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1,000th ski day in a row!!!!

post #1 of 22
Thread Starter 
In this month's Outside magazine, there's a short piece on Rainer Hertrick, who on July 27 will board a lift at Oregon's Timberline Ski Area for his 1,000th ski day in a row! He's 45, and has been "following winter from Colorado to Oregon to Argentina and Chile since November 1, 2003." His one requirement for a ski day to count is to "put on your skis and ski." He's been to 26 ski areas: 12 in North America and 14 in South America.

Wow.
post #2 of 22
Damn, I'm envious. I wonder if he has a season's pass.
post #3 of 22
I can Beat that. Whether really skiing or skiing in my mind, I've been
at it since I started skiing in 1968. I am just as excited about skiing now as
I was then. ( Congradulations Rainer Hertrick )
post #4 of 22
I wish I had rich parents or the ability to make the big $$$$ by the time I was the big "40".



green with envy ???
post #5 of 22
Quote:
Originally Posted by T-Square
Damn, I'm envious. I wonder if he has a season's pass.
To the world?
post #6 of 22
Quote:
Originally Posted by Yuki
I wish I had rich parents or the ability to make the big $$$$ by the time I was the big "40".



green with envy ???
It does sound like the bragging of a wealthy ,bored member of the skiing community.

Whoop dee doo to you sir
post #7 of 22
I could live with those bragging rights.
post #8 of 22
Yeah you are right. It isn't his fault if he was born rich and if not he deserves it because that is how it works.
It's just because it is summer here and if I could afford it I would be skiing in the southern hemisphere and having the time of my life.

Envious, yes. Jealous,yes, . Bitter and oppressed , no
post #9 of 22
Quote:
Originally Posted by T-Square
Damn, I'm envious. I wonder if he has a season's pass.
Copper.
post #10 of 22
Not buying it. Surely he missed one day in the past 1000 days, especially when traveling to South America.
post #11 of 22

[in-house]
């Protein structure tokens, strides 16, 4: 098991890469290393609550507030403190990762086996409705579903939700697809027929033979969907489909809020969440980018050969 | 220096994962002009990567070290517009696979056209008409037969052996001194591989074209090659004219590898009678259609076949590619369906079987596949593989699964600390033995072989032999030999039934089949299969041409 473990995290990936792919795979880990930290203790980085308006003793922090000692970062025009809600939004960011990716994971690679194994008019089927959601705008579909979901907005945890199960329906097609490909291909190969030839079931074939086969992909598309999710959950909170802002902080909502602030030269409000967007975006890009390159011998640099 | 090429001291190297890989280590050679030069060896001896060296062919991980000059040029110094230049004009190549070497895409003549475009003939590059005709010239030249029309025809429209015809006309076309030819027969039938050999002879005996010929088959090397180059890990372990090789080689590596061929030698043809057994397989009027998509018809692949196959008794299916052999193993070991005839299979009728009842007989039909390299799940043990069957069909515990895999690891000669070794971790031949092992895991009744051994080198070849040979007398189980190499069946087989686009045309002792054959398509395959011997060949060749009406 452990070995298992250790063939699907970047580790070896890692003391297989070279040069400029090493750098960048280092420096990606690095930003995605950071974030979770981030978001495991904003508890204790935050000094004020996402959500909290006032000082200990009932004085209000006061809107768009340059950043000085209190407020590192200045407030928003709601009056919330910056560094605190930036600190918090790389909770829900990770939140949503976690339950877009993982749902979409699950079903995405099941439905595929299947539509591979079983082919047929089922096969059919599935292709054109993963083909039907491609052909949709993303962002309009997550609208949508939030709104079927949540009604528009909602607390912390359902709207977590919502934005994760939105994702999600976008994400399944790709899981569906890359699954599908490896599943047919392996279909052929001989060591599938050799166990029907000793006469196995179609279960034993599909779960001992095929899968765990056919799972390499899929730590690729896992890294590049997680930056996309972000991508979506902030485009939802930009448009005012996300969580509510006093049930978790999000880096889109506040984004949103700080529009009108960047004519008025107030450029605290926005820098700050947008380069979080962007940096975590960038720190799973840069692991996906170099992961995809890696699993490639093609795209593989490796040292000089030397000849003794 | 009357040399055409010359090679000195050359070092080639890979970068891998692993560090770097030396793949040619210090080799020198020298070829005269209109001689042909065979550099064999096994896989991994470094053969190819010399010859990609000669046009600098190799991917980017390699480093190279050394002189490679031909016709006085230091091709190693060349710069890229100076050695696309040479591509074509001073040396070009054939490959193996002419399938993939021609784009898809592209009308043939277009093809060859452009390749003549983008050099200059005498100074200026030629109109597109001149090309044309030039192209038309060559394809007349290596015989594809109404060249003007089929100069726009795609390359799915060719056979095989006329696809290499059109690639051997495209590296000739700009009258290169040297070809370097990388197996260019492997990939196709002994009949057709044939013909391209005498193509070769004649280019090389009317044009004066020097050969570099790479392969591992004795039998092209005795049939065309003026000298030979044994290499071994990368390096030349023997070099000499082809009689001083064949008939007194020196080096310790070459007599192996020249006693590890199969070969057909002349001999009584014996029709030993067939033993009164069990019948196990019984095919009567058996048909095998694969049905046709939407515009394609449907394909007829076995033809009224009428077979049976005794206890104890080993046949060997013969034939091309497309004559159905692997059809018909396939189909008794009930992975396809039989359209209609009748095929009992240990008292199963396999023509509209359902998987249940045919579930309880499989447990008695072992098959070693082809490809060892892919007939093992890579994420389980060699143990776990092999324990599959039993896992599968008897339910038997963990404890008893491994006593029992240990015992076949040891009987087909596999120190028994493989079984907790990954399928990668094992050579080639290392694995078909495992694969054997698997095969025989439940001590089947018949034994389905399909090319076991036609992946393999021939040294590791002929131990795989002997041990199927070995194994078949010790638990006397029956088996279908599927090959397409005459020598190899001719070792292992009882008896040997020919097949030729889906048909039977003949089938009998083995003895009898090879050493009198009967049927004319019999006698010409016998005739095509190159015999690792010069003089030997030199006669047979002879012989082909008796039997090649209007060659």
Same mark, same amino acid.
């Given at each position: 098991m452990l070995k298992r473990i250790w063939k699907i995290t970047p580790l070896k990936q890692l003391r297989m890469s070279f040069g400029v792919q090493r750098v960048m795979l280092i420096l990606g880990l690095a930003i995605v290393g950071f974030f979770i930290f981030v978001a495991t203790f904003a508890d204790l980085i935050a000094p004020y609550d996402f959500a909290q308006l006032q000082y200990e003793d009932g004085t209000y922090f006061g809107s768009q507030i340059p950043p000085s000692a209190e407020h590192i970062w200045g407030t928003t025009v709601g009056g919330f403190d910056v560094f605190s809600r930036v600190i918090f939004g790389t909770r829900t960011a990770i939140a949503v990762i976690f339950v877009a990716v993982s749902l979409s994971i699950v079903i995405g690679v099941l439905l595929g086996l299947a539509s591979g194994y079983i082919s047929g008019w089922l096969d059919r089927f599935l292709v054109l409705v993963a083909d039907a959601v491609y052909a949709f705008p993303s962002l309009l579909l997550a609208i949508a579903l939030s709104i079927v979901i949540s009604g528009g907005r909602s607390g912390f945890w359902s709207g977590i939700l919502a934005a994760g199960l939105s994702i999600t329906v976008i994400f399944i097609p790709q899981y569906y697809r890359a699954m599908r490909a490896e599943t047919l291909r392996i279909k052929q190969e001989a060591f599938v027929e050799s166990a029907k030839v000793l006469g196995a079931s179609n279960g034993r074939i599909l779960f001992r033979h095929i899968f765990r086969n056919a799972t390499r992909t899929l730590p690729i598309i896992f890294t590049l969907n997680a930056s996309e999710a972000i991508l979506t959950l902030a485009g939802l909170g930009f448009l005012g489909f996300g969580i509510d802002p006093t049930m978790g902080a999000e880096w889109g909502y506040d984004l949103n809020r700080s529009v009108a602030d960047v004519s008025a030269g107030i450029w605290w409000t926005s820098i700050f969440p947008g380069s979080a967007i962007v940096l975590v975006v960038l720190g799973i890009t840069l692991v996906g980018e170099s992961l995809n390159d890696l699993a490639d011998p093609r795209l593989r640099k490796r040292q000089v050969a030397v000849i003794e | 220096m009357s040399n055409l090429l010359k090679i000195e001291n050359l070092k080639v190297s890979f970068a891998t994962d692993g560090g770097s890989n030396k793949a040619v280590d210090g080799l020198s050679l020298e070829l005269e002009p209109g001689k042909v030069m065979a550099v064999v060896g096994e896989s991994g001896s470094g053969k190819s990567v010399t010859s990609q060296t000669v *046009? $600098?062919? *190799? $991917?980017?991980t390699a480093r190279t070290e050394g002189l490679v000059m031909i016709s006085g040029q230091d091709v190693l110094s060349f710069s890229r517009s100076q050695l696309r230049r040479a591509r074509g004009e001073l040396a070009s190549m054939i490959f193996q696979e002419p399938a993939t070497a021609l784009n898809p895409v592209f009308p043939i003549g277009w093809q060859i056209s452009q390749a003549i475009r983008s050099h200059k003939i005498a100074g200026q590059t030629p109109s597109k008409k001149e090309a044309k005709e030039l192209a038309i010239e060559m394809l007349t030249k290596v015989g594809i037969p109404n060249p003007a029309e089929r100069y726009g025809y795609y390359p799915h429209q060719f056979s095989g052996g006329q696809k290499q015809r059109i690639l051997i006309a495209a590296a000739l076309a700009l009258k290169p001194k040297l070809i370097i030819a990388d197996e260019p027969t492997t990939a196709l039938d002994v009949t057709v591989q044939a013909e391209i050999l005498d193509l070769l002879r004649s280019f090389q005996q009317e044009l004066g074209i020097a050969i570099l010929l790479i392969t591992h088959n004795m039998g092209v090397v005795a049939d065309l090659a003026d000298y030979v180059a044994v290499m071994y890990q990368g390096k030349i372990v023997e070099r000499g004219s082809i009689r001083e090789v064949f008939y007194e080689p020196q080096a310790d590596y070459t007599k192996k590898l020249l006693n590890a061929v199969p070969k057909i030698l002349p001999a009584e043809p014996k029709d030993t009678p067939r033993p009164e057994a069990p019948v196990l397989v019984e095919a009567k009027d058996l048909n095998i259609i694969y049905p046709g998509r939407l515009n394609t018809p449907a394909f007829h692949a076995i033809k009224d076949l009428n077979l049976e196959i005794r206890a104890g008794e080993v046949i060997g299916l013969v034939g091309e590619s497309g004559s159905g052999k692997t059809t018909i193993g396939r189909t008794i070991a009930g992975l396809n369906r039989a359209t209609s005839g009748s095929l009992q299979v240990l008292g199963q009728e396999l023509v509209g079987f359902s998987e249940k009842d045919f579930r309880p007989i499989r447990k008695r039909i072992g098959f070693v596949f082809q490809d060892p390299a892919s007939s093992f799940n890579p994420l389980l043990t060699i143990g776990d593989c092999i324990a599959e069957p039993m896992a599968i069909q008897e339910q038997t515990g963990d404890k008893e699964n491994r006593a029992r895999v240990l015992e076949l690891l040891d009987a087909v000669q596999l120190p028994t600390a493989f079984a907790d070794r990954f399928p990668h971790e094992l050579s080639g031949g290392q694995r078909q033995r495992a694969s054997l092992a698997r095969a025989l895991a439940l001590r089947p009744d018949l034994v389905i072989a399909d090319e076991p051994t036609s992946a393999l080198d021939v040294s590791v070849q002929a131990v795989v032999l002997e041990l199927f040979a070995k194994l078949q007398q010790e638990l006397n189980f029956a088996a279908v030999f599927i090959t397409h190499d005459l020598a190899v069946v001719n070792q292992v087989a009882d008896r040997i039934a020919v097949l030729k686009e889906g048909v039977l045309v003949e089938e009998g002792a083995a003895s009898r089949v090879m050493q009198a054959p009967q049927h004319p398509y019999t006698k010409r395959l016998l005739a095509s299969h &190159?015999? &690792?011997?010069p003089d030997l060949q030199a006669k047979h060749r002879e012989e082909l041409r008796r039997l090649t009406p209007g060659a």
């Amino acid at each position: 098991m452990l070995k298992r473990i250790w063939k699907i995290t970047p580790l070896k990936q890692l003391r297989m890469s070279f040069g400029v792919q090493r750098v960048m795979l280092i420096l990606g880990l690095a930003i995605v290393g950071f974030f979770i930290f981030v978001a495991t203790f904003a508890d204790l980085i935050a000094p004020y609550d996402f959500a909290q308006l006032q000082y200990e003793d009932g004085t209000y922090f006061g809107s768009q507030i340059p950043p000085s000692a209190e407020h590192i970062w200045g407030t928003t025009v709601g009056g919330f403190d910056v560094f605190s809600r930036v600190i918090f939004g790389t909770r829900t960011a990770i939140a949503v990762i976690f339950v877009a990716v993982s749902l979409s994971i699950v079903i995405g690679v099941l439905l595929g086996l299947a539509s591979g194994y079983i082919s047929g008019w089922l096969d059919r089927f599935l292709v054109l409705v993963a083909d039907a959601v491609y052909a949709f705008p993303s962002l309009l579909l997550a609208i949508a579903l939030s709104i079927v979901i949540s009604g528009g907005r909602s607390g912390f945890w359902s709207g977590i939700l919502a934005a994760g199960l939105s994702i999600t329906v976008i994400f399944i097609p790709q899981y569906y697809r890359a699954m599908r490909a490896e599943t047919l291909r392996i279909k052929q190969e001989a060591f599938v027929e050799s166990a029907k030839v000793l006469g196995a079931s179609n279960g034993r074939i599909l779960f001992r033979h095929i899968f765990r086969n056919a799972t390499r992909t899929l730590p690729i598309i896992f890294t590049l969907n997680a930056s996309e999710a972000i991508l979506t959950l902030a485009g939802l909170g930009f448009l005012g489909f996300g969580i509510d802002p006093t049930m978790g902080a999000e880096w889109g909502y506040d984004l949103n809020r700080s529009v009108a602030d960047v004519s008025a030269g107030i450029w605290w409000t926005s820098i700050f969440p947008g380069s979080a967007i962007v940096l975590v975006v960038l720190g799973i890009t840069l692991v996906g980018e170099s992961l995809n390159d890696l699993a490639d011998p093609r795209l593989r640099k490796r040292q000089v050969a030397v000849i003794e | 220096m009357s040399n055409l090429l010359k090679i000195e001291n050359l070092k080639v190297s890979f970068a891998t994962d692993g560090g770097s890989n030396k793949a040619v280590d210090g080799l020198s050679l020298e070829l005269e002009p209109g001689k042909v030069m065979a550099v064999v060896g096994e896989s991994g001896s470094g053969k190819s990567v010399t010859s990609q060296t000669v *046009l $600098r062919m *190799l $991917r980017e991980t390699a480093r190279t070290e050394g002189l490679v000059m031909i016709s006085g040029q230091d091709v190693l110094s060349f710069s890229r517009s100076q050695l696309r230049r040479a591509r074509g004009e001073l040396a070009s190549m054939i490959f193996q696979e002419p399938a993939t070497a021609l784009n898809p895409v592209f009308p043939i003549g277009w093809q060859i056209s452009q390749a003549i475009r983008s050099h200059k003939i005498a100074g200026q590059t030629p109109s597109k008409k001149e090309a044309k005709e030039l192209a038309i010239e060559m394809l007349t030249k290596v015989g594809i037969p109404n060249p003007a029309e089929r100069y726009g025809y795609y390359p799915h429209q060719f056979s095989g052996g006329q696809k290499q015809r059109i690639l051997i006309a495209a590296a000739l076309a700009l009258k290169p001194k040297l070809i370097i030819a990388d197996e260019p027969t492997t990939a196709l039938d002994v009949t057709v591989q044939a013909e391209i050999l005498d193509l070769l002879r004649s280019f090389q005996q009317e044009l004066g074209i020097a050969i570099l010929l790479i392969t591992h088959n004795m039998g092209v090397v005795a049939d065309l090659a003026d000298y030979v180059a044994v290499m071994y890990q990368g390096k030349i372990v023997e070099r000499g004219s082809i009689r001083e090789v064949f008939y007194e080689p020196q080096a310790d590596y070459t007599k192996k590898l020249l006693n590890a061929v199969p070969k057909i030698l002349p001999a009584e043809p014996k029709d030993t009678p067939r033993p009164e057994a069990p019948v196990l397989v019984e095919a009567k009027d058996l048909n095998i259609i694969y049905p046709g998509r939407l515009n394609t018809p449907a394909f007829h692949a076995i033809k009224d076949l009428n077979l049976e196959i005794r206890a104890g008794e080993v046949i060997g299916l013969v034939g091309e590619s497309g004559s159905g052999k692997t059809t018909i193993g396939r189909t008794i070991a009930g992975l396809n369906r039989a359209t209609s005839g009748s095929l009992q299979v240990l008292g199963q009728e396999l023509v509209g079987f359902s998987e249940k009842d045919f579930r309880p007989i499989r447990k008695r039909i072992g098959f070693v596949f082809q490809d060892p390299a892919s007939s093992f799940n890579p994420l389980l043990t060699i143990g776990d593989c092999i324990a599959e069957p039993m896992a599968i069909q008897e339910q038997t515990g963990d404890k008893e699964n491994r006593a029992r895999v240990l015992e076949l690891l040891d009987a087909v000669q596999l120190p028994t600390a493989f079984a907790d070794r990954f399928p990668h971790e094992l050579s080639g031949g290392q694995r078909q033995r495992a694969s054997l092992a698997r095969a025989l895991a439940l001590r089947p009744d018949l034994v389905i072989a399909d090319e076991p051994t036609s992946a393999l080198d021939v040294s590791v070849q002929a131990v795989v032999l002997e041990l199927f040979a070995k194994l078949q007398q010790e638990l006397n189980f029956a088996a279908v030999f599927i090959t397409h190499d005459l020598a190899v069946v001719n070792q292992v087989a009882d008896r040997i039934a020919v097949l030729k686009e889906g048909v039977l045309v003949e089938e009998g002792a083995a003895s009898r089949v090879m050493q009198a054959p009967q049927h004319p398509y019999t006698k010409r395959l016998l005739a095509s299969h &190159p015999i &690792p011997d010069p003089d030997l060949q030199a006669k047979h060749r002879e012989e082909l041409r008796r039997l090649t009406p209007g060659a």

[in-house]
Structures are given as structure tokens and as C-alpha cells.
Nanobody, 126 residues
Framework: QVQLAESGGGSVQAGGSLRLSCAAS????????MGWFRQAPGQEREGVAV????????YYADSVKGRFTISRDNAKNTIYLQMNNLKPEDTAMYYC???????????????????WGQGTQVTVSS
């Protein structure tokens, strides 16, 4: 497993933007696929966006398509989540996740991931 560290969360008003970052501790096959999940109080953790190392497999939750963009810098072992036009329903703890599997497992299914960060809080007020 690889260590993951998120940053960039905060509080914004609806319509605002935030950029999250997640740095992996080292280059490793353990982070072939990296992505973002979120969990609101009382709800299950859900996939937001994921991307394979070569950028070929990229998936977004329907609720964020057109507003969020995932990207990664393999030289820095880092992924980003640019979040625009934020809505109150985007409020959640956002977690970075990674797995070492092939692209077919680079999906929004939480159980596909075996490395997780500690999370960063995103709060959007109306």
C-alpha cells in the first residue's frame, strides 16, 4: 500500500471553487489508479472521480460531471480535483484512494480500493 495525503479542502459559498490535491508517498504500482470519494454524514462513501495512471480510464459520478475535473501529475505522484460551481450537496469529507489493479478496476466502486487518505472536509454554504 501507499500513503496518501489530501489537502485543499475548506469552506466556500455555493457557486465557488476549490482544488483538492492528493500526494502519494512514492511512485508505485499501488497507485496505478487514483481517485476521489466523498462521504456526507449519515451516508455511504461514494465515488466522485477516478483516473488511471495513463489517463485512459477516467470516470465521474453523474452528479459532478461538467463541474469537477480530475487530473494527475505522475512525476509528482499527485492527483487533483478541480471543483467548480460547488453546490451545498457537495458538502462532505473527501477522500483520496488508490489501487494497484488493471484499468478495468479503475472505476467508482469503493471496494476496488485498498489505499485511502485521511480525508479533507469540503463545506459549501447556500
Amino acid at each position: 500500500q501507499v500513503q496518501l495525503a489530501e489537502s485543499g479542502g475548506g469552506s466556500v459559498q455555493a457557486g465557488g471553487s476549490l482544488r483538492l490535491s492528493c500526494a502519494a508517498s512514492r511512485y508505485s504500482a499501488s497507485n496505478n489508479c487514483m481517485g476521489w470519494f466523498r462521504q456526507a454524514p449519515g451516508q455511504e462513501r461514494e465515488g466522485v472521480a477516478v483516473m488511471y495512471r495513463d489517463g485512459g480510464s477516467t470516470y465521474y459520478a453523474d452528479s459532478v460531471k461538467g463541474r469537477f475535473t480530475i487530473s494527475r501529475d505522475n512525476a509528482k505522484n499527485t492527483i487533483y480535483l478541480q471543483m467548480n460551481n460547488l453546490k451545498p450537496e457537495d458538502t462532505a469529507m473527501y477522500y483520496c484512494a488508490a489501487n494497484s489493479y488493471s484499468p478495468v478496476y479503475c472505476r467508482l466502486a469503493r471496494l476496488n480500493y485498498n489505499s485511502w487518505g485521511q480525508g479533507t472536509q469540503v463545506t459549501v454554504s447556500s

Quote:
Originally Posted by Jaws
Not buying it. Surely he missed one day in the past 1000 days, especially when traveling to South America.
Nope.

But he's got some friends that help him out so he can do things we can't. A few years ago he was traveling from Hood (I think) back to Copper and was able to stop at Tamarack before they opened for the season to get in a turn or two.
post #12 of 22
I agree with Jaws, it would be hard to ski a day, fly to south america and ski the next day. The best flights to south america would take around 10 hours. Add in the airport time and driving from city to mountains and it might not be possible. I don't know all the details, but I kind of think he missed a few days in there. Other things could happen like a ski area closed due to weather.

But in any event, almost 3 years of solid skiing is neat.
post #13 of 22
Some don't think it's possible. Urban Legend? The rules are simple. Put on skis... ski. On what? How long? Both of those rhetorical questions are irrelevant. I applaud the motive, as a skier... and only as a skier.
post #14 of 22
He never got sick, or had to spend time with others who did not ski.

"Excuse me, but I must leave this funeral to go skiing. Be back in a jif."
post #15 of 22
Quote:
Originally Posted by samurai
Some don't think it's possible. Urban Legend? The rules are simple. Put on skis... ski. On what? How long? Both of those rhetorical questions are irrelevant. I applaud the motive, as a skier... and only as a skier.
I picture him in full ski gear, in the airport to S America, on the flat esalator things, in a tuck. Other than that, I just don't think its possible.
post #16 of 22
Quote:
Originally Posted by MAGGOT
I picture him in full ski gear, in the airport to S America, on the flat esalator things, in a tuck. Other than that, I just don't think its possible.